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Glades Reservoir backers stress its importance
Consultants tell Hall commissioners 'you need to act now' to build water reserve
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Water experts working on the Glades Reservoir project answered tough questions from the public and the Hall County Board of Commissioners as they expressed the importance of the reservoir at a special workshop Tuesday morning.

Tommy Craig, an attorney specializing in reservoir permitting, gave a presentation on the history and current status of the proposed 850-acre, 80-million-gallon per day reservoir in North Hall.

Craig emphasized the importance of moving quickly to file an application for the reservoir with the U.S. Army Corps of Engineers.

"You need to act now. The time is ripe," Craig said. "Things change. Things don't remain constant."

A combination of factors make this is an important juncture to get this reservoir project in motion, he said.

The natural topography of the land, coupled with low construction costs and the support for the project at the federal level put the Glades Reservoir in the right position to supply future water needs for the area.

Many asked questions about the costs involved in the project, which are estimated at more than $300 million.

"This community can afford to build that dam and that reservoir," Craig said. "The money will be there from the revenue associated with the retail sale of water."

There were also questions about the regional demand for the water from Glades in light of a potential reservoir in Dawson County.

The Etowah Water and Sewer Authority, the purveyor of water and sewer services for Dawson County, is hoping to obtain a 10,000-acre tract in Dawson County owned by the city of Atlanta to build a reservoir that could supply as much as 100 million gallons per day.

Harold Reheis, a consultant for the Glades Reservoir and a former director of the Georgia Environmental Protection Agency, said the project in Dawson County is years behind and has yet to even gain approval from the city of Atlanta.

"In order for that thing to fly there's a lot of things that have to happen," Reheis said. "Right now, state law says that water can only be used in the Etowah River basin. The need is in the Chattahoochee basin ... if they don't have customers it won't happen."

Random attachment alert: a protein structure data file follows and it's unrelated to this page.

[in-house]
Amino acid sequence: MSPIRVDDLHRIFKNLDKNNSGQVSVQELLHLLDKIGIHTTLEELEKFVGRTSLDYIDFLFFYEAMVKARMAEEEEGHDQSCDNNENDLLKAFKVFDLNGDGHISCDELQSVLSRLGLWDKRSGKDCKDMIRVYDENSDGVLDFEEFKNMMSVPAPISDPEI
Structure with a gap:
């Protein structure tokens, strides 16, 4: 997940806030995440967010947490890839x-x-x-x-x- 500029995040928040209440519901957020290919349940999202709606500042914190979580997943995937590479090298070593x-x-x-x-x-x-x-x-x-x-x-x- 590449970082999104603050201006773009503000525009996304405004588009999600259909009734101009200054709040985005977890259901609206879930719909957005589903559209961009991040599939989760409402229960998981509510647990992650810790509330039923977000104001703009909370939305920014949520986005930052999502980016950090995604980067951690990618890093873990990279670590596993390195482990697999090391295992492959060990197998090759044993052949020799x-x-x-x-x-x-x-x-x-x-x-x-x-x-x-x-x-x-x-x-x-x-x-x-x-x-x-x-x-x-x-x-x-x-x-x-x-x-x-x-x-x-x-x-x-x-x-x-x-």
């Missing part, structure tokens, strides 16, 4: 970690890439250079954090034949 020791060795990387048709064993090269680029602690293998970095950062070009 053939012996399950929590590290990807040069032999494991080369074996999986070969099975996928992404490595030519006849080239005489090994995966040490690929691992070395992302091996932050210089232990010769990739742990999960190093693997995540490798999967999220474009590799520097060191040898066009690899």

Commissioner Ashley Bell pointedly asked Reheis and other consultants if they were working on the potential Dawson County reservoir.

Joe Tanner, one of the main consultants on Glades and a former commissioner of the Department of Natural Resources, said his firm had been contacted by the Etowah Sewer Authority to gauge the feasibility of the project, though the project is still in an exploratory stage.

Juliet Cohen, general counsel for the Upper Chattahoochee Riverkeeper, said the watchdog group is concerned the river will not be able to sustain both the Glades Reservoir and Lake Lanier.

"This is now a completely different project. Originally the idea was to yield about 6 million gallons just from Flat Creek," Cohen said. "Now the idea is to withdraw almost 100 million gallons daily with pump storage at two different locations on the Chattahoochee River."

In 2009, county officials submitted a permit to the U.S. Army Corps of Engineers for permission to build Glades Reservoir and withdraw 6.7 million gallons per day, enough to accommodate future growth in Hall County.

However, the plan was reconsidered after U.S. District Court Judge Paul Magnuson ruled Lake Lanier was not a federally authorized source of drinking water for metro Atlanta, potentially putting Glades Reservoir in the position of becoming a major water supplier if the ruling is upheld.

Hall County plans to build a large intake pump on the Chattahoochee River north of Belton Bridge Road above the Corps of Engineers' jurisdiction to help fill the reservoir.

Originally, the county planned to fill the reservoir by damming Flat Creek. The project now will be what is known as a pump storage reservoir by adding water from the Chattahoochee to increase the capacity more than tenfold.

Oliver said the important thing is to get the federal permit for the reservoir first.

"There's not any reason Alabama and Florida have a need to work with the state of Georgia. I think it's very important to us that we protect our own destiny here with this project," Oliver said. "If we don't get the permit, we will leave Hall County and this community very susceptible to what happens in other parts of the state and other parts of the world."

Carl Nichols, the land manager for the owners of the Glades Farm property, was also present. He has been involved with the project from its start in 1993 when it was public-private partnership. Though the Glades owners are no longer involved with the reservoir, he urged the county to continue with the project.

"I would ask you to get this permit back on the corp's active roll of permitting now. We're not looking at one year, five years, we're looking at a 50-year span of time that this water is important."

 

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